Whether in an Illinois workers’ compensation order or in a civil claim, the court has the power to award attorneys’ fees to different parties based on different procedural rules. Understanding when an award of attorneys’ fees is appropriate is essential to ensuring that you are treated fairly. A recent appellate opinion discusses this procedural rule.
The case arose from an injury that the plaintiff sustained as a construction worker. The plaintiff sought workers’ compensation benefits and filed a civil claim against the employer and a third-party defendant. The parties eventually reached a settlement in the civil action, which seemed to settle the civil claim as well as the workers’ compensation claim. The arbitrator assigned to the workers’ compensation claim approved the settlement and ordered the plaintiff to pay attorneys’ fees to the lawyers who provided him with counsel during the hearings. The claimant appealed the attorneys’ fees award, which was unanimously affirmed on review.
Next, the plaintiff appealed the decision to the civil court. He did not post an appeal bond at the time he filed his petition for review. One of the attorneys provided with attorneys’ fees in the original decision filed a request to quash the appeal on the basis that the failure to post an appeal bond rendered the appeal improperly filed. The circuit court agreed with the attorney and dismissed the worker’s claim for review.
Before turning to the merits of the appeal, the appellate court noted that the plaintiff failed to comply with a number of procedural rules in filing his appeal, including rules regarding which documents must be submitted to the court for review. Next, turning to the merits, the appellate court rejected the employee’s arguments that the bond requirement did not apply to him because he was an employee rather than an employer. The court also rejected the employee’s assertion that the bond requirement did not apply to the order to pay attorneys’ fees because the order was not an award of money. The reviewing court interpreted the statute requiring an appeal bond broadly in rejecting this allegation.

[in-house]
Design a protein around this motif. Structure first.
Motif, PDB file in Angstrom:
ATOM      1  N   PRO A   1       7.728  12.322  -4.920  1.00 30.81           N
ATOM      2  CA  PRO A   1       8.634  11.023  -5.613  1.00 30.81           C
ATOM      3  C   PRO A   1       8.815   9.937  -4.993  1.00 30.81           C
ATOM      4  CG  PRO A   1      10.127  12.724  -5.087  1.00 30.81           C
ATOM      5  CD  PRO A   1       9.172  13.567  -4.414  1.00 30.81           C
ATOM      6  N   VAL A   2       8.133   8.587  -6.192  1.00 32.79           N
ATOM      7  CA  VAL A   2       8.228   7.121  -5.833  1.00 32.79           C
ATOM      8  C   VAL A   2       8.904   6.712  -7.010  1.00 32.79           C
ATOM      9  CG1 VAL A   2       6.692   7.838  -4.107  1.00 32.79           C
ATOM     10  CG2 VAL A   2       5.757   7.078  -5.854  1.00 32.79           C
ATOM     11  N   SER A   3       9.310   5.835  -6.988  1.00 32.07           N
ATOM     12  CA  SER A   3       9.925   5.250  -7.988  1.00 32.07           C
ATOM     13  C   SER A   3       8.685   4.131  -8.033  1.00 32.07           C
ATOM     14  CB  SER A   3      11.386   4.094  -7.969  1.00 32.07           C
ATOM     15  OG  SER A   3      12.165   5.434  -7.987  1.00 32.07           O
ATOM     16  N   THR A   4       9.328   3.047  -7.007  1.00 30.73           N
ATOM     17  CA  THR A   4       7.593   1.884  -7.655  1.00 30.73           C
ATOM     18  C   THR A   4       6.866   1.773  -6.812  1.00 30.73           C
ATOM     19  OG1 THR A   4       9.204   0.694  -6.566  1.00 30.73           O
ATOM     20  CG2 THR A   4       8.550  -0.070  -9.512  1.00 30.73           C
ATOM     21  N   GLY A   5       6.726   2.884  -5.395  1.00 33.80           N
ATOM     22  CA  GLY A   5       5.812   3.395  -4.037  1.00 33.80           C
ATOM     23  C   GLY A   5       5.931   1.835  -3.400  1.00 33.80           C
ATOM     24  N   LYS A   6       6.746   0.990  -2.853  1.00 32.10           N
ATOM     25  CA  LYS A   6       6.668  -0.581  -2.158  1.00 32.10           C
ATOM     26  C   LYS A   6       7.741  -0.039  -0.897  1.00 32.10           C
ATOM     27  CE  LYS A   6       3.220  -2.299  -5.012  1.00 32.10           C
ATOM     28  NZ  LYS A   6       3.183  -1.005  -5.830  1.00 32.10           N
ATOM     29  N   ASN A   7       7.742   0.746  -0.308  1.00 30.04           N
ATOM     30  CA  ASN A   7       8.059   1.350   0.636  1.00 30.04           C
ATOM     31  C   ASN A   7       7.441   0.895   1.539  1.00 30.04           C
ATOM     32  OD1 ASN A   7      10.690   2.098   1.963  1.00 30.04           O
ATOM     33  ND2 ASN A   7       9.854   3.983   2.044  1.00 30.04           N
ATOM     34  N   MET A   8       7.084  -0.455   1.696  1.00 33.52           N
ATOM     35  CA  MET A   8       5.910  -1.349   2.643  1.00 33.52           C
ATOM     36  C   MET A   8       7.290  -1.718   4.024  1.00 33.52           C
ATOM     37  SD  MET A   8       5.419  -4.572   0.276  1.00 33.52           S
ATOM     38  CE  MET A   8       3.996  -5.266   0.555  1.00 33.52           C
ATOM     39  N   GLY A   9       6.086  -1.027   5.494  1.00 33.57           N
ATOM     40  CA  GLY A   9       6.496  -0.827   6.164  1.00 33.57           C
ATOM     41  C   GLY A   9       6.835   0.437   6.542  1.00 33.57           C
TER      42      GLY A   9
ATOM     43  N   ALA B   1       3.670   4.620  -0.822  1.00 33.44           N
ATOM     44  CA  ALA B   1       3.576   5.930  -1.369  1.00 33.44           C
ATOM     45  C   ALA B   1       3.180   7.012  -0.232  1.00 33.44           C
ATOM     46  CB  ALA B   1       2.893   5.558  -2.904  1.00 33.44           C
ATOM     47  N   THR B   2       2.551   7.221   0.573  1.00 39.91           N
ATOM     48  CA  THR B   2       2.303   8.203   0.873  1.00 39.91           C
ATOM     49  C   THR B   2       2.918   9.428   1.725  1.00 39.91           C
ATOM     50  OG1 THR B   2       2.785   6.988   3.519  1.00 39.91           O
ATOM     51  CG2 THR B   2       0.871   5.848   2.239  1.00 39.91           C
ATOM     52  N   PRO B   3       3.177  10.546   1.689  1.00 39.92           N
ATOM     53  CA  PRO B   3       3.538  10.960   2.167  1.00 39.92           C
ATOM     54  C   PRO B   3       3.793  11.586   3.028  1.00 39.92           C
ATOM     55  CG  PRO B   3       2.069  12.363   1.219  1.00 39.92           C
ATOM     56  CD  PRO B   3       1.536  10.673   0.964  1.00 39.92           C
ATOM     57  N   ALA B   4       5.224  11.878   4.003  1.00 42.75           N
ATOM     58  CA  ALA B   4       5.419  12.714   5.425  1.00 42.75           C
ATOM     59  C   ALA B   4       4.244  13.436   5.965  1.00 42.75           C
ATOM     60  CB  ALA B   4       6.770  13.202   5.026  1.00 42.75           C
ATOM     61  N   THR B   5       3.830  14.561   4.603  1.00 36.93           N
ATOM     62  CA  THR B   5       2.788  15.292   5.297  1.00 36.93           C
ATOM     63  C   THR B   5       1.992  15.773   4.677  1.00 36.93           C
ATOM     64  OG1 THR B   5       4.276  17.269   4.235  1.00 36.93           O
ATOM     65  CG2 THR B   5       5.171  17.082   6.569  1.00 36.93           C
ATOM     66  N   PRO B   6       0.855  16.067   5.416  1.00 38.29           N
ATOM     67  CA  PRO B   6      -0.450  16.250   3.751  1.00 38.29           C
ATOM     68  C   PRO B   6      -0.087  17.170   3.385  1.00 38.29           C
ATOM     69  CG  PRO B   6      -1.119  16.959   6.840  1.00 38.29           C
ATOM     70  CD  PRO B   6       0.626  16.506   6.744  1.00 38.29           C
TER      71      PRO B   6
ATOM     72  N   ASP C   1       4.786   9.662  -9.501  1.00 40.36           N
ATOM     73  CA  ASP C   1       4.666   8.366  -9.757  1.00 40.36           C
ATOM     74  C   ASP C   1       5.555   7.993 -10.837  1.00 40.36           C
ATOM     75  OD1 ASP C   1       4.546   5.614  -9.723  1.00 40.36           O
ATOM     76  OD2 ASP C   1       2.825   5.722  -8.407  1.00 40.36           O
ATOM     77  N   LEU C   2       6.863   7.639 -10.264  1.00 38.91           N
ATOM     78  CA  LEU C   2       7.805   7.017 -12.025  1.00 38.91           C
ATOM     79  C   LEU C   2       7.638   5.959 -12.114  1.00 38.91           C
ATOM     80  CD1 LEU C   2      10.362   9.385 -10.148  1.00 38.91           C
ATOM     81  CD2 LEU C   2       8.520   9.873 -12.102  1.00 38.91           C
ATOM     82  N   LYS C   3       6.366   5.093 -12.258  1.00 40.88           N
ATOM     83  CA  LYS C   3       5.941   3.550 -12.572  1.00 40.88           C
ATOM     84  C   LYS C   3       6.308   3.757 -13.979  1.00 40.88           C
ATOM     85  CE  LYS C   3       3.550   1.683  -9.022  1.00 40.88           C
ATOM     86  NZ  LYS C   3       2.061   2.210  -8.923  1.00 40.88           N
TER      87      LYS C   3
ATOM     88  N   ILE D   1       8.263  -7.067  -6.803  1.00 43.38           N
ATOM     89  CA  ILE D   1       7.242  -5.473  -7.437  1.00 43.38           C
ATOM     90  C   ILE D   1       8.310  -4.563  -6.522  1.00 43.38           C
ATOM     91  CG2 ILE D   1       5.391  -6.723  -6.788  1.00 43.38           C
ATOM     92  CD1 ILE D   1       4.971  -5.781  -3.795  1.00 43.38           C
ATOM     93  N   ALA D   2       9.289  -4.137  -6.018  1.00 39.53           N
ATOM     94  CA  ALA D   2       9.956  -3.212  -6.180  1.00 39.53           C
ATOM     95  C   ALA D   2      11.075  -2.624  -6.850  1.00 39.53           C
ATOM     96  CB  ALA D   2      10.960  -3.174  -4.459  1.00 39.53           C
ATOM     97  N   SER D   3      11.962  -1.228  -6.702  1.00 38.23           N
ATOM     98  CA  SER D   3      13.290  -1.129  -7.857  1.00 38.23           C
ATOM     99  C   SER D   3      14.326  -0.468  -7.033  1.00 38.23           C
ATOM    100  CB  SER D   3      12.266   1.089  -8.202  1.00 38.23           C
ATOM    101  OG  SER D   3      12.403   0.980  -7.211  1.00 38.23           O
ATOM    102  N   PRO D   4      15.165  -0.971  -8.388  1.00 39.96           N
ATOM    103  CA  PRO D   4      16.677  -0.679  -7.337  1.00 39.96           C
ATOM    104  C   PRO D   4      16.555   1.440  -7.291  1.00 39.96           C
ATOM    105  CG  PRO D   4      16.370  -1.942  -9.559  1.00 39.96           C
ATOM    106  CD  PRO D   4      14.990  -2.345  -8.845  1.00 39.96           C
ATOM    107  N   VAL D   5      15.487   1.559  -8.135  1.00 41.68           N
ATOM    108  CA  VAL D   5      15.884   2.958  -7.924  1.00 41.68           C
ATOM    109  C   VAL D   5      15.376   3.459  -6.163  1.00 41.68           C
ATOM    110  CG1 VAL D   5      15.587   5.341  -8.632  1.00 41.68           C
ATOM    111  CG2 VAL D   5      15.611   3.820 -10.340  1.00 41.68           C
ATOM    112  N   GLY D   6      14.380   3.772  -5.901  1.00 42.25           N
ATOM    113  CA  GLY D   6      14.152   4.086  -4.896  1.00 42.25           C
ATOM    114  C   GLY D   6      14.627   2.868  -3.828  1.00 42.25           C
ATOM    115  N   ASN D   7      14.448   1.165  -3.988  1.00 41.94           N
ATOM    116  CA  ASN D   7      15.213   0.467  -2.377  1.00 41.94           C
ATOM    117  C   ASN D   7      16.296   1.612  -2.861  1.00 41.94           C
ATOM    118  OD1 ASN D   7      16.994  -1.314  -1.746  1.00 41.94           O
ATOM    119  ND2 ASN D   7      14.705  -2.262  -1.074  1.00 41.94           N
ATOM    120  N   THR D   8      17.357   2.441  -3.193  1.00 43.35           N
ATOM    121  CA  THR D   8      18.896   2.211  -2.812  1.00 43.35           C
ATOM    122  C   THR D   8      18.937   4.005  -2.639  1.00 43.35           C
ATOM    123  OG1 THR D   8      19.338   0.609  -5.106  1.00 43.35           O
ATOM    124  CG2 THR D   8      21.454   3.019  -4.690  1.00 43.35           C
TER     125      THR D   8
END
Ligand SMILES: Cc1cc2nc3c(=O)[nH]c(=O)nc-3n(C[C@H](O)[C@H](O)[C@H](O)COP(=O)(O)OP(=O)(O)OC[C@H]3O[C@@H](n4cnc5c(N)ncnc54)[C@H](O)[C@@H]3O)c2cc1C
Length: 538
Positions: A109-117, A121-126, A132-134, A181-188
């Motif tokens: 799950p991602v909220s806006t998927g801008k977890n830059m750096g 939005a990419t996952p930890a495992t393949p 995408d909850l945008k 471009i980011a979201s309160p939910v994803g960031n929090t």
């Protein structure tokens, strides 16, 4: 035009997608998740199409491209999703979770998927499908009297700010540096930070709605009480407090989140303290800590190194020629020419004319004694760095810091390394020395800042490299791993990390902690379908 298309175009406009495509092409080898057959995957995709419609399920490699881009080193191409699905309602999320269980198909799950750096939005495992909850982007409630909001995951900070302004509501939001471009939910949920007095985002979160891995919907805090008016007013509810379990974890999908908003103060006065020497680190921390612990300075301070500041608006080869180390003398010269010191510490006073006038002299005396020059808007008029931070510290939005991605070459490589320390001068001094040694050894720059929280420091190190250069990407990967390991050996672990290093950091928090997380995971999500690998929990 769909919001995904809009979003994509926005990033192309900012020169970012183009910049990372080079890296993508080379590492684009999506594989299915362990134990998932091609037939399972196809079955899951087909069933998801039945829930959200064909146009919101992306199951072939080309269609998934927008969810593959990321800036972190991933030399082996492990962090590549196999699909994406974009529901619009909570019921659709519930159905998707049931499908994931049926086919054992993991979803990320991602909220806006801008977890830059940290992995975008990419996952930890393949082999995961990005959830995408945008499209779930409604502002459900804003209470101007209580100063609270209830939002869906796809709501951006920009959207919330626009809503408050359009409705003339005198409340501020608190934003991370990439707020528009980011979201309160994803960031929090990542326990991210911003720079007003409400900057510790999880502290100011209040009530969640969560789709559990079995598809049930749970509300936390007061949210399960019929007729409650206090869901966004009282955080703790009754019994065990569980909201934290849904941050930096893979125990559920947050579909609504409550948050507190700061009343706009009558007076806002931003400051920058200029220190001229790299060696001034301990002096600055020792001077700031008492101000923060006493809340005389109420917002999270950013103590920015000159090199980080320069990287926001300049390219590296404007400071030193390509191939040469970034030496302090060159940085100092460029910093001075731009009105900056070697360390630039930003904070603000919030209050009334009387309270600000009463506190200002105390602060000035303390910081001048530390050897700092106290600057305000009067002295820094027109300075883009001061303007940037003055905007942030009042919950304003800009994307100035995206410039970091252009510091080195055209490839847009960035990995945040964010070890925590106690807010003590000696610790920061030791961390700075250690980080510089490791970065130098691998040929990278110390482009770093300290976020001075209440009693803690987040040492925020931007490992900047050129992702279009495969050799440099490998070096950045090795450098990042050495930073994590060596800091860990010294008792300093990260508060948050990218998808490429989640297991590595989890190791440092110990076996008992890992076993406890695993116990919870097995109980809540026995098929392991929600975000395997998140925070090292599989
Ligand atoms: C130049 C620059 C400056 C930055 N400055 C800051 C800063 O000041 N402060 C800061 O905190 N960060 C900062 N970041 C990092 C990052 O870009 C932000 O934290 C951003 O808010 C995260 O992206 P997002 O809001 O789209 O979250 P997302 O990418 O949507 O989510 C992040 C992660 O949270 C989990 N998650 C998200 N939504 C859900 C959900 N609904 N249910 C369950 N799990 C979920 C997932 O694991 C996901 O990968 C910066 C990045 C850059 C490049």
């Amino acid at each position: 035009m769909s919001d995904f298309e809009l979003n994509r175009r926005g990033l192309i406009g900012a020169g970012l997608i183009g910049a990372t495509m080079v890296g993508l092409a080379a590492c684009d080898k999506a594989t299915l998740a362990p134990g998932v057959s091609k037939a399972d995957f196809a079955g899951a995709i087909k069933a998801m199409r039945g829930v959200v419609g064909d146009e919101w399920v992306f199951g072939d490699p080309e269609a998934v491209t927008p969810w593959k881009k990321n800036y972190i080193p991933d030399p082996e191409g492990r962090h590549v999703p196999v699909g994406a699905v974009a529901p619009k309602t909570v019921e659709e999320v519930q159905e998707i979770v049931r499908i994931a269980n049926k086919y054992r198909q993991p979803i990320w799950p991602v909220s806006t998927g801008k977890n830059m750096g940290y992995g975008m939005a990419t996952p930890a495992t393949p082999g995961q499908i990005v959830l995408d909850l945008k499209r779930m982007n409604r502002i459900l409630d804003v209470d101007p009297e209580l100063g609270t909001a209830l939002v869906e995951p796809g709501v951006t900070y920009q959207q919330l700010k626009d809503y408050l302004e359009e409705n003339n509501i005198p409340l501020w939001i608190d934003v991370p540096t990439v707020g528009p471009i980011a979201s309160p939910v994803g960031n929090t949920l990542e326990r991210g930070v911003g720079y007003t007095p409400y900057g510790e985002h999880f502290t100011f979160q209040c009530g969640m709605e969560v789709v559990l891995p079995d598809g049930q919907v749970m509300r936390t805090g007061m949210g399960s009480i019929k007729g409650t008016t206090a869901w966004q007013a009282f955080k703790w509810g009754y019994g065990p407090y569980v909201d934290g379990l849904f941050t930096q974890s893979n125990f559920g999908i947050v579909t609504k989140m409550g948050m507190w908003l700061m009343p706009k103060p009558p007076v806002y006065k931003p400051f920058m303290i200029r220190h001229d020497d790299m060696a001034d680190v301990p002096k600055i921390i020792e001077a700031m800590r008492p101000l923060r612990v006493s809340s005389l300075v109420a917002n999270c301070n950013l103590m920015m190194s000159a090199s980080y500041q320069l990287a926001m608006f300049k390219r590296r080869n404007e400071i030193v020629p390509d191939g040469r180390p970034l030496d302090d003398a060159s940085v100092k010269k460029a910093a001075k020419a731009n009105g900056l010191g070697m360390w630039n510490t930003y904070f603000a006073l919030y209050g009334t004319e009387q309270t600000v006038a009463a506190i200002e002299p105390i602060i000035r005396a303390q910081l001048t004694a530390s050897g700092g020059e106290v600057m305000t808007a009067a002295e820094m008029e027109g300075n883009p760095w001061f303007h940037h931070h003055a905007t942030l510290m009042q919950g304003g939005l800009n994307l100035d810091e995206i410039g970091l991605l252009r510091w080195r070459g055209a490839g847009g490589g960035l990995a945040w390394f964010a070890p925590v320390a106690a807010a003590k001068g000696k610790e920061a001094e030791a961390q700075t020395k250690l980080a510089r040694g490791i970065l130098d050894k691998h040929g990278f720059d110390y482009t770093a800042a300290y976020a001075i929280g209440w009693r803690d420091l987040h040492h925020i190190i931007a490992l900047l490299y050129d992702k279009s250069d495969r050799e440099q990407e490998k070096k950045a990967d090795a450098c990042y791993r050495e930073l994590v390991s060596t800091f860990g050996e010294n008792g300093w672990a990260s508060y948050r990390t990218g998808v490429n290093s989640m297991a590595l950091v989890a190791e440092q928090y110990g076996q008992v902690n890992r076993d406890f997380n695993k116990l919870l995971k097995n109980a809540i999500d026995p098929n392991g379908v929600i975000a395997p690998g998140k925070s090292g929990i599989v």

Finally, regarding the underlying order from the workers’ compensation arbitrator requiring the plaintiff to pay attorneys’ fees, the appellate court noted that the arbitrator acted appropriately in issuing the decision and addressing the dispute that arose regarding the payment of attorneys’ fees. Accordingly, the appellate court dismissed the plaintiff’s appeal and upheld the lower court’s decision.
If you have suffered workplace injuries or injuries as a result of another person’s negligence, you may be entitled to compensation. Understanding the procedural aspects of your claim and how to protect your rights at all times can be complicated, especially if this is your first experience with the legal system. At Therman Law Offices, our compassionate and dedicated team of legal professionals will stand by you throughout the process, assisting you with all of the aspects of your claim. This includes everything from gathering evidence to negotiating with insurance companies. To schedule your free consultation, call us now at 773-545-8849 or contact us online to get started.